“This is not my home”

Orangutans are among the most intelligent primates.

Like we who read this.

Native to Indonesia and Malaysia, orangutans are currently found in only the rainforests of Borneo and Sumatra.

Human activities have caused severe declines in the populations and ranges of both species.

The most recent estimates (2000-2004) for Sumatran orangutan Pongo abelii is around 7,300 and for Bornean orangutan Pongo pygmaeus is between 45,000 and 69,000. Today these are optimistic estimates.

The Sumatran species is critically endangered and the Bornean species is endangered.

Orangutans are losing their homes as tropical rain forests are being cut down for wood to make paper and furniture and the land is cleared to grow palm oil.


Baby orangutans are sometimes taken from their mothers to be sold as pets.

Orangutans are the most solitary of the great apes.

They spend nearly all their time in the trees and hardly ever come to the ground.


They construct elaborate sleeping nests each night from branches and foliage.

Orangutans may live up to 45 years or more.

The name “orangutan” is derived from the Malay and Indonesian words orang meaning “person” and hutan meaning “forest”, thus “person of the forest”.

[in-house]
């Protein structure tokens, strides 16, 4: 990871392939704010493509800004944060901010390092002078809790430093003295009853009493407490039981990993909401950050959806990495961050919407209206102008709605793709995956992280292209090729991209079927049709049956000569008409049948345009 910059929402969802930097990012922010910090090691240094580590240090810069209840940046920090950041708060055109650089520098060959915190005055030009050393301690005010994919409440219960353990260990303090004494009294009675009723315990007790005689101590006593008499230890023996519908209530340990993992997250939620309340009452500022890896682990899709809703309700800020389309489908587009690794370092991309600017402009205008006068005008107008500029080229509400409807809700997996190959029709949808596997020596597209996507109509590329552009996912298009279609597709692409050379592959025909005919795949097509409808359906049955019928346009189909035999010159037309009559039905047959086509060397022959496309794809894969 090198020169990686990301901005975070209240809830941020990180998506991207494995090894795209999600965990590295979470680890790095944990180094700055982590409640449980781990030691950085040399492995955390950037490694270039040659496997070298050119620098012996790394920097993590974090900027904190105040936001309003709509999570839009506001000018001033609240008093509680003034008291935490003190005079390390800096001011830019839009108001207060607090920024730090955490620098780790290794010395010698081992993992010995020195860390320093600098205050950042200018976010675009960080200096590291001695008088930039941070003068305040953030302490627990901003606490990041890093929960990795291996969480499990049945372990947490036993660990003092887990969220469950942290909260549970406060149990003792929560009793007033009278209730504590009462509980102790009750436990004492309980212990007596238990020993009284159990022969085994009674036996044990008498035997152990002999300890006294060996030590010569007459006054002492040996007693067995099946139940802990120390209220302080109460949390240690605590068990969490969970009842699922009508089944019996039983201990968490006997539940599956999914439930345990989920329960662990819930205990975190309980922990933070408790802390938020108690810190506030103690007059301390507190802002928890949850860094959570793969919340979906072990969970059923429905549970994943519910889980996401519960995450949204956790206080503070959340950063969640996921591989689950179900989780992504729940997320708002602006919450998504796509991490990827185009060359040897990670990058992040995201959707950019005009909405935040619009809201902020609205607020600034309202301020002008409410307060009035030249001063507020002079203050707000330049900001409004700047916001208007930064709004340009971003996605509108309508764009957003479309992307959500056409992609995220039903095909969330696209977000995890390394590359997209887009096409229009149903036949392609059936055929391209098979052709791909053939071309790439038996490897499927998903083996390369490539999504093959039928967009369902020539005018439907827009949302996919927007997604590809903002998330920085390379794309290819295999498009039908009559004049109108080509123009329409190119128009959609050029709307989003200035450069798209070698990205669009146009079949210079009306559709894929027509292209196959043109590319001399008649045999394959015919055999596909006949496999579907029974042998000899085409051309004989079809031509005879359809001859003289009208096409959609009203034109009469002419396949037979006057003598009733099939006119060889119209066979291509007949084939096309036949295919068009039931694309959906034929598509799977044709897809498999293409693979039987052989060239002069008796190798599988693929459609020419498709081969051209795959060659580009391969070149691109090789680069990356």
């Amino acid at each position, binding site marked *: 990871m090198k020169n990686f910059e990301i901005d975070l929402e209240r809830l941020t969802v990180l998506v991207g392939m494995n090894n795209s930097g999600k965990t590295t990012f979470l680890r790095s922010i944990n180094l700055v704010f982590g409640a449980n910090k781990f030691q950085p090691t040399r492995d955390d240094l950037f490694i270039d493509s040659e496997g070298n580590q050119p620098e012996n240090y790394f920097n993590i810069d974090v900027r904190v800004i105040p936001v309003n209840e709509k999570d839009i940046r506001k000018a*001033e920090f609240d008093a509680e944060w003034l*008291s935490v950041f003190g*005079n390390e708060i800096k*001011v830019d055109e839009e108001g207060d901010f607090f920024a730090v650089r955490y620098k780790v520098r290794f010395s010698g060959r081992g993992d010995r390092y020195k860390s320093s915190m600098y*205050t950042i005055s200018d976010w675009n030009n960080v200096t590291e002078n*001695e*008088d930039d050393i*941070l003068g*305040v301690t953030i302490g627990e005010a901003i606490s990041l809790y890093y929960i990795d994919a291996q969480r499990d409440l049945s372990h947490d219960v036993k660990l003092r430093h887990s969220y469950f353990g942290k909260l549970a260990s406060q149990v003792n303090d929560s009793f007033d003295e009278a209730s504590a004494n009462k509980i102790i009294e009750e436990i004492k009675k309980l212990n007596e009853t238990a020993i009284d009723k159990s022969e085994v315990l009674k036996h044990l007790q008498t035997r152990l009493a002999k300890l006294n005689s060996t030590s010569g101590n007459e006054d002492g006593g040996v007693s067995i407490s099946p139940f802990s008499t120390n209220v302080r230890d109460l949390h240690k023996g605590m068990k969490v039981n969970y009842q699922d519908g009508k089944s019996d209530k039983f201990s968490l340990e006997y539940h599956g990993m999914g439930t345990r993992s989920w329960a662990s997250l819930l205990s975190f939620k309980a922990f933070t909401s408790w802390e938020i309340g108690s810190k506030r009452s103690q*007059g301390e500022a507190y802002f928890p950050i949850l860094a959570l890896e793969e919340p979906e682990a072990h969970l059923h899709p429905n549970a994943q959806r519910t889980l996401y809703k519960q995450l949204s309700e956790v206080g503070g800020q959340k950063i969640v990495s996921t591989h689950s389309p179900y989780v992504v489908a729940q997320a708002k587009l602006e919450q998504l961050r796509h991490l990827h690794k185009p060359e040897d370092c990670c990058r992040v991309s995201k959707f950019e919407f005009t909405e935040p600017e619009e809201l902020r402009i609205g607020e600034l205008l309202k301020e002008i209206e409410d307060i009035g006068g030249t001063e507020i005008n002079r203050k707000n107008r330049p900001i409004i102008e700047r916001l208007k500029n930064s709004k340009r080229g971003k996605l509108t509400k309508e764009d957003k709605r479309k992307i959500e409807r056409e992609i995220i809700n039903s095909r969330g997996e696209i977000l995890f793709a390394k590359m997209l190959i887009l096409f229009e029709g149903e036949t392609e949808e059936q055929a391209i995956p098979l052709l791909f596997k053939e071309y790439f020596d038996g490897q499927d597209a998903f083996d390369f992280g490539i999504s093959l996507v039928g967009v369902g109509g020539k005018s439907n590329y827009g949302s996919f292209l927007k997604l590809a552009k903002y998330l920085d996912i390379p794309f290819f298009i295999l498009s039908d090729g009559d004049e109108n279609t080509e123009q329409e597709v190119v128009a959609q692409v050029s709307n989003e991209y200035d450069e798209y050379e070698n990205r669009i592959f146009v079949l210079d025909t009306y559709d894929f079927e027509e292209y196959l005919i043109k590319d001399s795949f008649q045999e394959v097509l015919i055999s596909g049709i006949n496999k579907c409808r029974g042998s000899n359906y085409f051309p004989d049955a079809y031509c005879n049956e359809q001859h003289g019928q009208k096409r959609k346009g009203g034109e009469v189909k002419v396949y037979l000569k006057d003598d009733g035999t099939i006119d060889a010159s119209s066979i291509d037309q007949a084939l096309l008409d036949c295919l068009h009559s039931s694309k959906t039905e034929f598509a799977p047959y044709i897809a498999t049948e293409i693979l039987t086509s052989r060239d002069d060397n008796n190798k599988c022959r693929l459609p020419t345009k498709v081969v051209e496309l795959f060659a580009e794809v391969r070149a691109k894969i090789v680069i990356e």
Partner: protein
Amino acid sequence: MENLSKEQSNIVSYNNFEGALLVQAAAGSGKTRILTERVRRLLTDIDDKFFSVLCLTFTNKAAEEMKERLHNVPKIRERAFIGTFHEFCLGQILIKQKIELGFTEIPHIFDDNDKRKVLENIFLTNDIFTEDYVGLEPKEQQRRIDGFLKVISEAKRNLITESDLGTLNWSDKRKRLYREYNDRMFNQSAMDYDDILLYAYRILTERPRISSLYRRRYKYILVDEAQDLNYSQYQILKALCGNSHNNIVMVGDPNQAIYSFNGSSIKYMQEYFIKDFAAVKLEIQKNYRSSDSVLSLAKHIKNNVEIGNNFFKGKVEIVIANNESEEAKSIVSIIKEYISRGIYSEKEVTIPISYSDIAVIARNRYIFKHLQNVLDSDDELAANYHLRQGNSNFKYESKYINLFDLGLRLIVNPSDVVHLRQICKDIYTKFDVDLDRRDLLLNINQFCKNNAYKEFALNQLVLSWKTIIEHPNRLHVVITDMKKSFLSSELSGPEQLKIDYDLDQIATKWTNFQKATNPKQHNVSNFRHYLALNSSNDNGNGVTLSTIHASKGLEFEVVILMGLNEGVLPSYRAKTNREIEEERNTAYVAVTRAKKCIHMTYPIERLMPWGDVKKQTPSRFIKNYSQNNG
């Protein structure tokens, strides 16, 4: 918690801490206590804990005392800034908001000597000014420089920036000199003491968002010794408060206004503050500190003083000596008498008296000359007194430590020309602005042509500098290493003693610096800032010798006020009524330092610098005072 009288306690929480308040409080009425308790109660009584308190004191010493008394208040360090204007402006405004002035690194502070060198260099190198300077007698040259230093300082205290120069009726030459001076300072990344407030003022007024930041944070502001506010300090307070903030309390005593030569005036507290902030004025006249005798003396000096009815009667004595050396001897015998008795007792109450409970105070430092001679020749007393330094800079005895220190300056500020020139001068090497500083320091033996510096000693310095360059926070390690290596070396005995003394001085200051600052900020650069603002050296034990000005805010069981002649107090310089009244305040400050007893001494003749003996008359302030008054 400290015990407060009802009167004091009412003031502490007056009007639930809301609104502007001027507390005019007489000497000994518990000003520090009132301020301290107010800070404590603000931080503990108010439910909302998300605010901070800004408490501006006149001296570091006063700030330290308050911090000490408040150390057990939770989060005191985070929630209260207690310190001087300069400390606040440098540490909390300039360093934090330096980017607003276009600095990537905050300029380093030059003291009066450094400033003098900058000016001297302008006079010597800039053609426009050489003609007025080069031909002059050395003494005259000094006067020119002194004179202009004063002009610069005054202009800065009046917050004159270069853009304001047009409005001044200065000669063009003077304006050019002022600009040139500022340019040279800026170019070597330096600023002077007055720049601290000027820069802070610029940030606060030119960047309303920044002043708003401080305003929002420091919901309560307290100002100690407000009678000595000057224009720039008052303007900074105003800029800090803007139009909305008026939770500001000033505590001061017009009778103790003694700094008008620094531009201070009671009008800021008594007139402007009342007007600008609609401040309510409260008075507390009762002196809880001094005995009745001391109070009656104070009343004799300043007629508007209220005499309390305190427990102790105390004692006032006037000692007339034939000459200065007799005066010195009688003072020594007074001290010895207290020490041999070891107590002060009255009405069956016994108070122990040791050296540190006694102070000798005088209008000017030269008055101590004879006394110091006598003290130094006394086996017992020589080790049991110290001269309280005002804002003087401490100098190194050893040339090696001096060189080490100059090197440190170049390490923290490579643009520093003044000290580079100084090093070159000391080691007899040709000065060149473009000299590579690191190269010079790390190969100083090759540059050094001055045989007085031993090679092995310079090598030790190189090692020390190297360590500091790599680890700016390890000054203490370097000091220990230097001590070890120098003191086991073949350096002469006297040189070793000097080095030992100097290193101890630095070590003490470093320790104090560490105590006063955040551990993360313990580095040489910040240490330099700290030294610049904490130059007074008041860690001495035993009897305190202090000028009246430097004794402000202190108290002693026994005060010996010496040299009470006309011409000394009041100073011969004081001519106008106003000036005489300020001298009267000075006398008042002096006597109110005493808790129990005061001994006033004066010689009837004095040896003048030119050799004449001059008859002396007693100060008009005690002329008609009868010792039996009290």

Orangutans eat mostly fruit.

Orangutan hands are similar to human hands; they have four long fingers and an opposable thumb.

Orangutans use a variety of sophisticated tools.


The cage is not a home for orangutans.

* * *

Pictures were taken in Safari Word in Thailand 2007.

Sources of information:


About Olli Laasanen

Eyes and ears open. New and old. Jobs and hobbies. Pictures and music. Entertaining and serious. Change and stability. Nature and urban.
This entry was posted in Animals, Nature, Photo, photography, Valokuvaus and tagged , , , , , , , , . Bookmark the permalink.

5 Responses to “This is not my home”

  1. Adam Hughes says:

    Reblogged this on Freedom for Cetaceans.

  2. Patti Clark says:

    I was just in Borneo last year and saw many of these magnificent creatures in the “almost wild” – at an Orangutang Rehabilitation Center. It is heartbreaking to see them in cages!

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